Monday, June 29, 2009

Media: Is it just me...

Photo: Cody Simms Photo Stream via Flickr
...or is something being missed here?

An excerpt from the most recent Copy of Angling Trade Magazine reporting survey results that should be of interest to fly shop owners.

FACT #4:Fly shops and word of mouth
are the most popular methods consumers hear of new products

How Do Consumers Hear About FlyFishing Products?
1.Fly Shops
2.Word of mouth
3.Magazines (reviews,article mentions)
5.(tie)Fly/Outdoor Shows, magazine ads
6.Internet chat rooms
7.Company websites
8.Press releases

Another excerpt from the same publication

Consumer flyfishing media has done a lot to bring new
anglers to the dance and keep them there. Now,the
knee-jerk reaction for many companies is to cut costs by
cutting ads. No ads, no pages in magazines. No web-sites
either,other than amateur ones.No pro media,no
pro information.No pro information,no anglers.It ’s a
lose-lose cycle.

We love traditional media. Many of our friends and fishing buddies work in it. We subscribe to fly fishing magazines. We know that they add value to the industry. We agree that the fly shop is and should always be the cornerstone of the industry when it comes to new product and fly fishing education. We also believe that to ignore websites such as Midcurrent, Trout Underground, and Moldy Chum, as valid sources of information for gear and fly fishing education who also add value, might be ever so slightly naive.


Rob said...

....yeah...because when i review gear on my blog....who am i? i'm just a fat bald guy who loves fly fishing.

Murdock said...

Me too Rob! I bet there are a few more of us out there too.

Anonymous said...

those were my thoughts when I read that article. Must still be in a state of denial....

Rob said...

If i review a product on my blog, chances are, i bought it with my own money. If i like it, i'll blubber about it incesantly. If i don't like it, i'll say so. Seems to be a better way to get a real review rather than a magazine who takes money from a company for advertising and gives a sparkling review for every product that said company puts out....and i'm not knocking the pro writers or reviewers....just sayin'

Capt Gordon said...

I read that and also felt they were being a little too protective of their own butts.

The Trout Underground said...

I don't think it was meant to be biased as much as oddly conducted and presented. It's an MBA class project after all.

I mean, "Internet Chat Rooms?"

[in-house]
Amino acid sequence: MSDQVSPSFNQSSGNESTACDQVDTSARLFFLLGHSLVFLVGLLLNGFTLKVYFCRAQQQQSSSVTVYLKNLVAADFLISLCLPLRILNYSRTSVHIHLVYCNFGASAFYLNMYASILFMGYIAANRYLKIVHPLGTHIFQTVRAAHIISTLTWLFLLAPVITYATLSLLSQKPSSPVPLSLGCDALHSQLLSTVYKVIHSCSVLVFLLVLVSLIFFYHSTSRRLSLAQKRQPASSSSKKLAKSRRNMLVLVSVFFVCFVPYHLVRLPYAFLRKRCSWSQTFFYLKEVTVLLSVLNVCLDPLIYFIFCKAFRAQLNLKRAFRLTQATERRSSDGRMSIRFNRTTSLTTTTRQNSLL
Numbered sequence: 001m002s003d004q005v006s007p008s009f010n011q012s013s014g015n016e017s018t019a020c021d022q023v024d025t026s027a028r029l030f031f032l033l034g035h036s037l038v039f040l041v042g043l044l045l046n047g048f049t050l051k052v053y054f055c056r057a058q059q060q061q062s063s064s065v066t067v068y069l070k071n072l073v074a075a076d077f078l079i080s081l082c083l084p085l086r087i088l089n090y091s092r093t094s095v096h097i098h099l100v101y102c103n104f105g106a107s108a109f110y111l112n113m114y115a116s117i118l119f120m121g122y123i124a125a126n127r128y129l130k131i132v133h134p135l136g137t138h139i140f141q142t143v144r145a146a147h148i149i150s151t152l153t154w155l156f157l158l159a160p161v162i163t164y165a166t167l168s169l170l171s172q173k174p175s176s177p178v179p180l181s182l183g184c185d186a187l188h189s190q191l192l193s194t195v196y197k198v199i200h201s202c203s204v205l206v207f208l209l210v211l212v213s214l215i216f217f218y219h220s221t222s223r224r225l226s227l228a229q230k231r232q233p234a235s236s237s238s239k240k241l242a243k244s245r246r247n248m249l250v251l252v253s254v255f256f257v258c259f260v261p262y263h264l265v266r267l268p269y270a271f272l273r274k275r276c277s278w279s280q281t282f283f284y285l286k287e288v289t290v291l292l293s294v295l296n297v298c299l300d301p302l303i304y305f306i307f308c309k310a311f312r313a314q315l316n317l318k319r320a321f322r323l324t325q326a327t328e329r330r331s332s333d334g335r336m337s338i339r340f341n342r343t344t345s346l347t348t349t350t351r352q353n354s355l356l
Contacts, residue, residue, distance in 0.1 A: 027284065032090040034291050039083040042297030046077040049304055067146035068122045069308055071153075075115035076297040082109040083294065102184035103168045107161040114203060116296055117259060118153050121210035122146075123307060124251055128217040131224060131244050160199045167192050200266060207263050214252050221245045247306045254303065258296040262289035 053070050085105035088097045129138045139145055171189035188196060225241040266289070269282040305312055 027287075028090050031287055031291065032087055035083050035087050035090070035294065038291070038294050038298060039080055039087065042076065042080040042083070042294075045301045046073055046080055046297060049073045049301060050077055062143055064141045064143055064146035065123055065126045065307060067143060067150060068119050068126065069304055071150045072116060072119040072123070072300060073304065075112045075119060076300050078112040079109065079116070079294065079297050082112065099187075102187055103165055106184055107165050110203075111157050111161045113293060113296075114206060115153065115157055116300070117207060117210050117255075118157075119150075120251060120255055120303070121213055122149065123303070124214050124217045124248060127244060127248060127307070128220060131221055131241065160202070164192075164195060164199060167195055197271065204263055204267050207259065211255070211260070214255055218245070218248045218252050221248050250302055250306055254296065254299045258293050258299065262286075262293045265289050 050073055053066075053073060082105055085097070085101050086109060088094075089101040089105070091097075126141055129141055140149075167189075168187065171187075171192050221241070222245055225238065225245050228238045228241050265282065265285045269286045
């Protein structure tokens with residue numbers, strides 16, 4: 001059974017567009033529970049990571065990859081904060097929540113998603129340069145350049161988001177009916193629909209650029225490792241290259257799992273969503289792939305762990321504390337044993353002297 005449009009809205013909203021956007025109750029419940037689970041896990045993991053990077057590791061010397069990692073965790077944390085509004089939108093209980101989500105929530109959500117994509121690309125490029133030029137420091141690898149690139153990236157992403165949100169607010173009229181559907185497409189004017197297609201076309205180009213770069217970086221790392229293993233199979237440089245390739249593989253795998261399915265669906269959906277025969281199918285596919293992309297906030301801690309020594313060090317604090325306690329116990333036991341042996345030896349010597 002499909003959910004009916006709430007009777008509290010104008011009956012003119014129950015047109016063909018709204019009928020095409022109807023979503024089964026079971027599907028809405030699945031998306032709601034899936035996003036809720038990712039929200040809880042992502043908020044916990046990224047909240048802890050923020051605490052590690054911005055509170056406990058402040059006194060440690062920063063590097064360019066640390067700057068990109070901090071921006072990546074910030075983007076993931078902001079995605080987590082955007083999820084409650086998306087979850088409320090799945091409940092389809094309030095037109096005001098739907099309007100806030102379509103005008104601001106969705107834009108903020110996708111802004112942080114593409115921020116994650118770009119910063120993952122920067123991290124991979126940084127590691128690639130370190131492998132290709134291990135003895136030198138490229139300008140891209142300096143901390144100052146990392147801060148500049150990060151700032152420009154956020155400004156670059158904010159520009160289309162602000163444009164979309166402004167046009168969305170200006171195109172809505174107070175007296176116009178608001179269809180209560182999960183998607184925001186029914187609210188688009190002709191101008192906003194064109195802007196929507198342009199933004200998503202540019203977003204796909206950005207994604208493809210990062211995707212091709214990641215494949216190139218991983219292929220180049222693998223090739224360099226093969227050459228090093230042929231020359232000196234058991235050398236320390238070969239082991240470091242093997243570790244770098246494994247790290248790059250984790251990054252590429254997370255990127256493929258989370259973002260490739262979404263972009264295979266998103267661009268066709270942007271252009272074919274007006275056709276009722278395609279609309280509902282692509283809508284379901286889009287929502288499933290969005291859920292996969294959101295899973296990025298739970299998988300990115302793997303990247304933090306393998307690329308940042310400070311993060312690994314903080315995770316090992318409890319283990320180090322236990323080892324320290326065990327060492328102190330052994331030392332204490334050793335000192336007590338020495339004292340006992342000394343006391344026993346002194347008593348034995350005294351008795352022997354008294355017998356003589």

Do those still exist?

For that matter, was Internet communication included in the "word of mouth" category?

We don't know how the survey was done (mail, email, phone) or what choices were presented to participants (if multiple choice, then the choices tend to dictate the outcome).

The "facts" themselves are a little contradictory.

The reality is simple: Better than 80% of all purchases are researched on the Internet - even if the product is purchased in person.

That cuts across all age groups (except the very oldest - say Murdock's age), and while print and fly shops remain important, I know how many equipment-related searches find their way to my site every week.

You can't discern what media channels are influencing buyers without looking hard at who has credibility with the reader (I'm not making any claims around this).

It's also amusing that the three fly shops profiled in a later article all suggest that an active email program is at the core of their marketing efforts during the recession, yet few of the industry's manufacturers can be bothered to run an email program.

Print and traditional media aren't dead, but there is a core to this industry that isn't too good at change, and several companies/publications risk becoming fly fishing's equivalent to GM.

Smithhammer said...
This comment has been removed by the author.
Smithhammer said...

I'm relieved to see "fly shops" being at the top of this list, followed by "word of mouth." But this incredibly self-important statement made me laugh out loud:

"No pro media,no
pro information. No pro information, no anglers."

Would anyone actually expect a different perspective from "Angling Trade Magazine?"

And what exactly defines "pro" media for this purpose anyway? As far as I can tell, all that "pro" indicates in this context is that media which accepts advertising dollars. And sure, people may hear about new products via these "pros," but at the same time, when it comes to real, objective information about gear, the "pro" media I can think of seems to serve little other function than to slavishly regurgitate whatever PR blurb the manufacturer peddles. It's blatantly obvious and everyone knows it, which is why I have never spoken to anyone who puts much stock in magazine gear reviews, if they bother to pick up said magazine to begin with.

Is that what being "pro" means? If so, I'll take the honest, unbiased opinions of "amateurs" any day.

The Trout Underground said...

I'm relieved to see "fly shops" being at the top of this list, followed by "word of mouth." But this incredibly self-important statement made me laugh out loud:

"No pro media, no pro information. No pro information, no anglers."

Smithhammer, I admit I missed this one first time through the magazine.

Truly, a thing of beauty. I shall treasure it.